I and 15,000 others sang "Happy Birthday" to Pete Seeger last night at Madison Square Garden. Springsteeen sang "The Ghost of Tom Joad" with Tom Morello, after a longish introduction by Bruce which ended: "He's gonna look a lot like your granddad that wears flannel shirts and funny hats. He gonna look like your granddad if your granddad can kick your ass." We saw and heard Dave Matthews, John Mellencamp ("If I Had a Hammer"), Ani DiFranco (selflessly sang to accompany several others), Arlo Guthrie ("Oh Mary Don't You Weep" with the Preservation Hall Jazz Band), Billy Bragg (prefaced by a great story of Pete's musical teachings), Bruce Cockburn (intense as always), Emmylou Harris (the most moving performance of "The Water Is Wide" I"ve ever heard), Joan Baez (two songs--the first not quite her usual, the second, "Jacob's Ladder," fantastic), Kris Kristofferson ("Got a Hole in My Bucket, Dear Liza"), Ramblin' Jack Elliott, Richie Havens (sang "Freedom"--his Woodstock song), Roger McGuinn (did the Animals version of "Turn, Turn, Turn"), Steve Earle, Taj Mahal (a favorite of mine), Bernice Reagon, Dar Williams, Tom Chapin, Tom Paxton, Eric Weissberg, and others.
The opening of the 4-hour performance: a lone light shone on Seeger (but we didn't really know it was Pete) as he played a flute solo called "Menomonee Love Song." As the lights came up, they revealed the outline of a sloop, apt for an event titled the "Clearwater Concert" after the organization's vessel, the gaff sloop Clearwater.
1) Dave Matthews, after telling us he should introduce himself as "David," since that's what his mother called him and she was the one who took him to his first concert, near Croton NY--a Pete Seeger concert. Matthews sang an emotional but musically pure version of "Whiskey Rye Whiskey."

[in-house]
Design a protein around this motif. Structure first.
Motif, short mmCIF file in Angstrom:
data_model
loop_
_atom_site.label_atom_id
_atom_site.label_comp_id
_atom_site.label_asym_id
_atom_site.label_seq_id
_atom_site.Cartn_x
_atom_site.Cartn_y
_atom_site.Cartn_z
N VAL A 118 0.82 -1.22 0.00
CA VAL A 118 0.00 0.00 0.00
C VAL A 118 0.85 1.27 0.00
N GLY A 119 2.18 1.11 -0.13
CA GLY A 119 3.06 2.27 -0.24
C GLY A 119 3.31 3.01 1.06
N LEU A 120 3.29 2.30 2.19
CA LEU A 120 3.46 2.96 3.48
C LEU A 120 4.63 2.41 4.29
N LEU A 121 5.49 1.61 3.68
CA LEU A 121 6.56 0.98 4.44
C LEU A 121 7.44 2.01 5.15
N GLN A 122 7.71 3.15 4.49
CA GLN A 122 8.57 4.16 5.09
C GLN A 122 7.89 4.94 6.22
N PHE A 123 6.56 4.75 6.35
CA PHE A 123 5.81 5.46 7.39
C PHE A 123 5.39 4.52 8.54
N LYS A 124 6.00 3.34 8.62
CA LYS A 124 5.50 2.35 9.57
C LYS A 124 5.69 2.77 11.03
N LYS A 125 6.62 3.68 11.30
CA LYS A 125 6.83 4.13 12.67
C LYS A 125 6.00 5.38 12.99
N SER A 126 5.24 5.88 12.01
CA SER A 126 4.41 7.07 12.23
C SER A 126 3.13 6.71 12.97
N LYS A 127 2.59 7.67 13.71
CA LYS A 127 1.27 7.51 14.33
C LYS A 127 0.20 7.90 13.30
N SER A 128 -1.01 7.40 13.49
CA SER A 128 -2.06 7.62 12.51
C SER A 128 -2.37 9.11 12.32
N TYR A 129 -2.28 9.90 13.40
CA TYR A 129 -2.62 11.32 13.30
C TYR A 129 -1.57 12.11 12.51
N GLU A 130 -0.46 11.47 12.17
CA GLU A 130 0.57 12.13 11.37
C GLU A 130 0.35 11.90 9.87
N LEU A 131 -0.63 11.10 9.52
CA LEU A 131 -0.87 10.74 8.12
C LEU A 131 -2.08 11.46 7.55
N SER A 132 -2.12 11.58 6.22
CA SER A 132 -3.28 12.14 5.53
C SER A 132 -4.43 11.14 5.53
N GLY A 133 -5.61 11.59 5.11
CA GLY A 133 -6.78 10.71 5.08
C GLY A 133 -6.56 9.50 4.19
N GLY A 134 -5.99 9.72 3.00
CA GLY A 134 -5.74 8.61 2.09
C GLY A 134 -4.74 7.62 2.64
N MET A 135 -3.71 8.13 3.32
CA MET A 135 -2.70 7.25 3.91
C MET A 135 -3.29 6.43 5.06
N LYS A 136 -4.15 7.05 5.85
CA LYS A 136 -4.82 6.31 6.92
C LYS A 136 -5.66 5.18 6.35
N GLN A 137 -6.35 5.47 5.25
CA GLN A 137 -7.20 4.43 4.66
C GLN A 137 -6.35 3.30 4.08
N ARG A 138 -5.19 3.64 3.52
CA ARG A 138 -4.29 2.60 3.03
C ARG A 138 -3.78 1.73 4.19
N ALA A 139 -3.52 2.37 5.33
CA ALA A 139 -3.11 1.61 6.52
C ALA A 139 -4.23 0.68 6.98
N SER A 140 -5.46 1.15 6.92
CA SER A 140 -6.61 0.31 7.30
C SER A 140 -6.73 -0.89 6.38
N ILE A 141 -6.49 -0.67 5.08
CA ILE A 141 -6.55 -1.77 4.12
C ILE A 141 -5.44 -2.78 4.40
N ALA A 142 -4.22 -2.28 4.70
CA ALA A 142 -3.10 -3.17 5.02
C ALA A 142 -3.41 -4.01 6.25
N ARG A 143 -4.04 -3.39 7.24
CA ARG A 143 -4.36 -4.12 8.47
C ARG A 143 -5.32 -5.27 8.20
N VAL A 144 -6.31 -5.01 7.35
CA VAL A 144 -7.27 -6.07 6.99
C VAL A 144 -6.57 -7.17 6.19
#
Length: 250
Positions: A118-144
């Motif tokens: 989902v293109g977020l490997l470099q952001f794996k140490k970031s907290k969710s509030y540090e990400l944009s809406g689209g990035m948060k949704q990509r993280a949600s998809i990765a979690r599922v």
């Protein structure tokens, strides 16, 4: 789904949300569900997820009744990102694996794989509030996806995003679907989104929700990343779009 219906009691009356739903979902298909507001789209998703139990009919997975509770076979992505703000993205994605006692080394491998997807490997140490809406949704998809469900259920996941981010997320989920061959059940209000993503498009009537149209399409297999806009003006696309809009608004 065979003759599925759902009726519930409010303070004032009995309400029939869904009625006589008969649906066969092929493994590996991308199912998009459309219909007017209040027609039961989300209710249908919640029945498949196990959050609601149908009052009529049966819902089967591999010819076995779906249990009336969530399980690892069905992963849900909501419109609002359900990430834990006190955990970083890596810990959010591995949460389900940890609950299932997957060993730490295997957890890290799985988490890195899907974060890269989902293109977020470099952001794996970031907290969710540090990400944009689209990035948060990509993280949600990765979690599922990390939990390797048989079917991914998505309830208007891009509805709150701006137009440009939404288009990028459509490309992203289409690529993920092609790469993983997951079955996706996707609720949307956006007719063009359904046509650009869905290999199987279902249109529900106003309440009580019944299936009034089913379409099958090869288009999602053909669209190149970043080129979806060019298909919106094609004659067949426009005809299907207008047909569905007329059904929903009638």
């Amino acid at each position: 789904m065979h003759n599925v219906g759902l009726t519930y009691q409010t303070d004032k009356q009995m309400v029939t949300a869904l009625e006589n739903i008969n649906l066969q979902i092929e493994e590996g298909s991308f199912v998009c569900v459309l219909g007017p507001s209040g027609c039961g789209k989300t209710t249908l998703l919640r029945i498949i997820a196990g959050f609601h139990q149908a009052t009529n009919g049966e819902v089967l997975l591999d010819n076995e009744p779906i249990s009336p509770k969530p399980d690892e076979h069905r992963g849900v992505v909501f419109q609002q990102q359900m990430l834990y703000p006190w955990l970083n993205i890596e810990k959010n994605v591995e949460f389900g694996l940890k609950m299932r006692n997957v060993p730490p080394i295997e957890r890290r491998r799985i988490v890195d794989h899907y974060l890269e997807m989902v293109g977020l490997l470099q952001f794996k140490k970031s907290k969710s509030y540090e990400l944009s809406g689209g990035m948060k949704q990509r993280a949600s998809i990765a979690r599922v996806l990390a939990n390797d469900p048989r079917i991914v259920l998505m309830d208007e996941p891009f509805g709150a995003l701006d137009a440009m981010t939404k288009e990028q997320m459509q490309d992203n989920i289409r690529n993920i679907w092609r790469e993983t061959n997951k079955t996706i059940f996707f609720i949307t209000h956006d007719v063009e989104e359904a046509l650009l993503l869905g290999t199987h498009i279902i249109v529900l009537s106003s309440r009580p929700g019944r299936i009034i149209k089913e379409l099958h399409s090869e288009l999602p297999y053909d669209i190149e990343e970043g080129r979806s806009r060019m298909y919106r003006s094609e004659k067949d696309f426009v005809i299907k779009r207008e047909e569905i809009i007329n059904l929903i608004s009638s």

3) Springsteen and Morello, trading verses of "The Ghost of Tom Joad." Earlier in the week (!) I'd seen Bruce with the E Street Band, a great concert. The whole band did its hauntingly good "Tom Joad," but this, Bruce in the clear voice of a guy singing for just 10 minutes in a whole evening, and two acoustic guitars, and a harmony with Morello, was even better.
4) Seeger, Baez, Billy Bragg, Emmy Lou Harris singing "We Shall Overcome."
Regular readers of this blog will know that I tend to follow the contemporary uses of Wallace Stevens. Most of this is of course trivial and/or incidental. Yet some of it makes startling great sense. Laura, a watercolorist who seems to reside in or aesthetically dwell upon some tropical clime, re-read "Nomad Exquisite" (presumably while painting one of her florid watercolors) and it suggested to her that it was time for another whiskey smash. She gives the recipe for the whiskey smash just below the poem, in similar format. So I read the poem and the drink recipe and realized that as parallel texts they make a great deal of sense. Especially after a few smashes. (Laura calls this drink her "summer Manhattan.")
As the immense dew of Florida
The big-finned palm